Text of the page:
The head of our laboratory was expecting his first baby. She made her parents be patient when she arrived two weeks late, but perfectly healthy! Since not everyone has a camera here, the father hired a local photographer to take pictures of the baby’s birth. I don’t know if the photographer realized what he was getting into when he found himself in the operating room in a gown, hat, and mask, waiting for the C-section!!! I made sure he didn’t watch when they cut the incision; I didn’t want to have to pick the photographer up off the floor!! ☺ He did fine and got some great pictures, which the proud papa carried around in his pocket to show everyone. Congratulations, JMV and Clotilde, on the arrival of your daughter!!
A visiting doctor left us a lot of baby clothes to be used in the NICU. All the babies looked so cute in their clothes. Just don’t let the ruffles or baseballs make you decide which gender the baby is. Clothes are clothes here. It doesn’t matter what they wear as long as they’re warm!!
Sometimes my work days are too varied and take me away from what I want to work on. But yesterday I enjoyed the variety. After working in the NICU in the morning, I returned to the mission station and checked on the remodel project. The new windowsills being installed weren’t level, so I made sure they got fixed. After lunch I examined the pile of lumber being delivered, picking out the best wood to put in storage for my dad’s next project. It was a nice break from the NICU—to get out the level and tape measure and choose wood that didn’t have too many knots and no cracks. ☺ The delivery man was impressed by my choices; he said I picked all the best pieces. Good! My plan exactly! ☺
The team from Alabama left today. I love making friends with new people who come to serve at Kibogora Hospital, but saying goodbye when they leave is not easy. Six of the team worked closely with my NICU nurses. As they said goodbye, I watched my nurses experience what I do on a regular basis. They agreed with me; it’s sad to see new friends leave.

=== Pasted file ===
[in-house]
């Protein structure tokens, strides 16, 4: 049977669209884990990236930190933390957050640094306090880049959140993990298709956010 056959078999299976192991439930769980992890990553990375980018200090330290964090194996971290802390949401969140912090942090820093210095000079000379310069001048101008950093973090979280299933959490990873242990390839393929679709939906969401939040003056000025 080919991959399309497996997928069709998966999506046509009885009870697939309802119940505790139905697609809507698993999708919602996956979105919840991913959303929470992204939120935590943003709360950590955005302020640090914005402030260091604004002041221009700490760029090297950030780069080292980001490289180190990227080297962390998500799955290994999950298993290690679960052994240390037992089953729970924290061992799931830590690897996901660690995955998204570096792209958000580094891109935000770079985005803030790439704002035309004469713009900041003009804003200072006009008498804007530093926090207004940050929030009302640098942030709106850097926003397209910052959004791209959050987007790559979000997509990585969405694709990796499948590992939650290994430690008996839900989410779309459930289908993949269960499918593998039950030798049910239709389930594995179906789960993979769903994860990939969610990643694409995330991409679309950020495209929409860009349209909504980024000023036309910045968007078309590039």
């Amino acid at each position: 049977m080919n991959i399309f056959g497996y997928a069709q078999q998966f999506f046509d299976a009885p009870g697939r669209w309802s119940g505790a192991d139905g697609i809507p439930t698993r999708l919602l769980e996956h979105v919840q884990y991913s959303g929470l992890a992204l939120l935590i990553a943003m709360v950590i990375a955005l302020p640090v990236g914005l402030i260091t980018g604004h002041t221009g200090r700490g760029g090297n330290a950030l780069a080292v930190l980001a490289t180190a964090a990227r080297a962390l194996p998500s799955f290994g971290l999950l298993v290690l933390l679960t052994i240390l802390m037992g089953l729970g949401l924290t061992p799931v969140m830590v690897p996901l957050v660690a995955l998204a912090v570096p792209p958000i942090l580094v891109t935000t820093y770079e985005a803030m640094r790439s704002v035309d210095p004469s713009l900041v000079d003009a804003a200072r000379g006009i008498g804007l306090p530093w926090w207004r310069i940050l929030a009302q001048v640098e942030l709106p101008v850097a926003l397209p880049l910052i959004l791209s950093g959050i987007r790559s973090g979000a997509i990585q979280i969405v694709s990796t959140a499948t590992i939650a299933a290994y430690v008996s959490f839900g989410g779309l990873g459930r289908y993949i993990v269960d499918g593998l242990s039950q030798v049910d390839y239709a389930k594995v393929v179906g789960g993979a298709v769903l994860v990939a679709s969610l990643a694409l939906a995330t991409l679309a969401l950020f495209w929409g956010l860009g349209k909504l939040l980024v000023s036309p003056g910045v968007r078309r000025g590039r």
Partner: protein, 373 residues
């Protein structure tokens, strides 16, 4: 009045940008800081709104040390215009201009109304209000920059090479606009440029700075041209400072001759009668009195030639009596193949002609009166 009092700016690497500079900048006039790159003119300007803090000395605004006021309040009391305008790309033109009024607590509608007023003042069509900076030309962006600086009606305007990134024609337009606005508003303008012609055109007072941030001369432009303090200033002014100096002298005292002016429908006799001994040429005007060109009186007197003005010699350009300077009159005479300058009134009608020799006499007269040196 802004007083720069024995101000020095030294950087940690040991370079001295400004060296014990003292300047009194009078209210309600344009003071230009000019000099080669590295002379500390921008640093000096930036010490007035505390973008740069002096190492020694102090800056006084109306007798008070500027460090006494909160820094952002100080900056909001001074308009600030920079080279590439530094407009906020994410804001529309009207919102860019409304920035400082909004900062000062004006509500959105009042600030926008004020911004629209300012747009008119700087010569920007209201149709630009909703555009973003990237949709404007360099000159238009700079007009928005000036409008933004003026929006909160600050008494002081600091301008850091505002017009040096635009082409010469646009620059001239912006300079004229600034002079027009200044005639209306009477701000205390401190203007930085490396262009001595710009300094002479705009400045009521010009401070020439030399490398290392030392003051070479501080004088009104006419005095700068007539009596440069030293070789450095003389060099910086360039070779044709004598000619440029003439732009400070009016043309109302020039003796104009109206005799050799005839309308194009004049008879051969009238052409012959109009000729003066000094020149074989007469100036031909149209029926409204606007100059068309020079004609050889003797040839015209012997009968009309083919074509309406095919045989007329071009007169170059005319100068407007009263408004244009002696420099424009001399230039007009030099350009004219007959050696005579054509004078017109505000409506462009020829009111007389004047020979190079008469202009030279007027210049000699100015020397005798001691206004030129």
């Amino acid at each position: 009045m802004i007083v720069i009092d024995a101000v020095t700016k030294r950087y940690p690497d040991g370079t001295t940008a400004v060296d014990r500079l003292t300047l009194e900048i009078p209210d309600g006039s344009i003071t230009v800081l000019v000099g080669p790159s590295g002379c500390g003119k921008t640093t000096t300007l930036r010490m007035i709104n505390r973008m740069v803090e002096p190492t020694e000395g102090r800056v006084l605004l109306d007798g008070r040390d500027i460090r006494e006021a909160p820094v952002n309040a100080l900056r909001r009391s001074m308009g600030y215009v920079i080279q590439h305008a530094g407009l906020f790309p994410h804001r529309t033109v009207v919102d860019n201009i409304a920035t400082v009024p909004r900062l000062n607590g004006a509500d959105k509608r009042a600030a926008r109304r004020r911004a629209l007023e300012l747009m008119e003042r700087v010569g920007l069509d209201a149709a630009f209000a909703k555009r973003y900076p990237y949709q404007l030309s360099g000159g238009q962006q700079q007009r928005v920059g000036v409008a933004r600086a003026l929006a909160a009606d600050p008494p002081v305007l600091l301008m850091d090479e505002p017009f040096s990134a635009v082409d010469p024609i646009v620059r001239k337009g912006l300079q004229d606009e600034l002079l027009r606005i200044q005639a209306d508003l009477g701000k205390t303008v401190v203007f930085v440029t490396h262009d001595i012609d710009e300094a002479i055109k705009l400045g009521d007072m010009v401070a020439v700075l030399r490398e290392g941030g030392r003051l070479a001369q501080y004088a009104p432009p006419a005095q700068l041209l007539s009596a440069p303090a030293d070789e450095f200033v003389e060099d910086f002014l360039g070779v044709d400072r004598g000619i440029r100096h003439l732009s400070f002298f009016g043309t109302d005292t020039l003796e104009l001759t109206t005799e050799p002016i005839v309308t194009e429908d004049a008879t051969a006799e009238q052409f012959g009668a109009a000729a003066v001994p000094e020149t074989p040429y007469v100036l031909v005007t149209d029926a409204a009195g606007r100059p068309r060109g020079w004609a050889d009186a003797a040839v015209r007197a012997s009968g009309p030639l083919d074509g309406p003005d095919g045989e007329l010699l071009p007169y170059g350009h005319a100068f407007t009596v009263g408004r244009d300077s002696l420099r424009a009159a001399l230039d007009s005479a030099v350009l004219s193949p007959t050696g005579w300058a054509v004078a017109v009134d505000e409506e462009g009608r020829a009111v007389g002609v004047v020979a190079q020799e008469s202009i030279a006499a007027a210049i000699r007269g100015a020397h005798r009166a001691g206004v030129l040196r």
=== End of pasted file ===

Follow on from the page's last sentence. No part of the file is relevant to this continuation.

This week is the 19th anniversary of the 1994 Rwandan Genocide. On Sunday I joined in the march—probably a thousand people walking in silence side by side. We walked the dirt road, skirted mud puddles reaching from one side of the road to the other, filed silently into the packed dirt school yard, filling the benches or sitting on the hillside. The yard quickly changed from a barren brown to a colorful collage as umbrellas popped up to protect people from the blazing sun. The event featured singing, speeches, prayers, and the president’s talk via radio.
But I have to say, my favorite moment of the day took just one minute. At noon exactly, as the whole nation stood in silence to remember those who’d died, during that moment a toddler ran by giggling and a baby cried. Those children don’t have the memories their parents do. And I pray they’ll never have to live through what their parents did. Time is passing, and healing is taking place.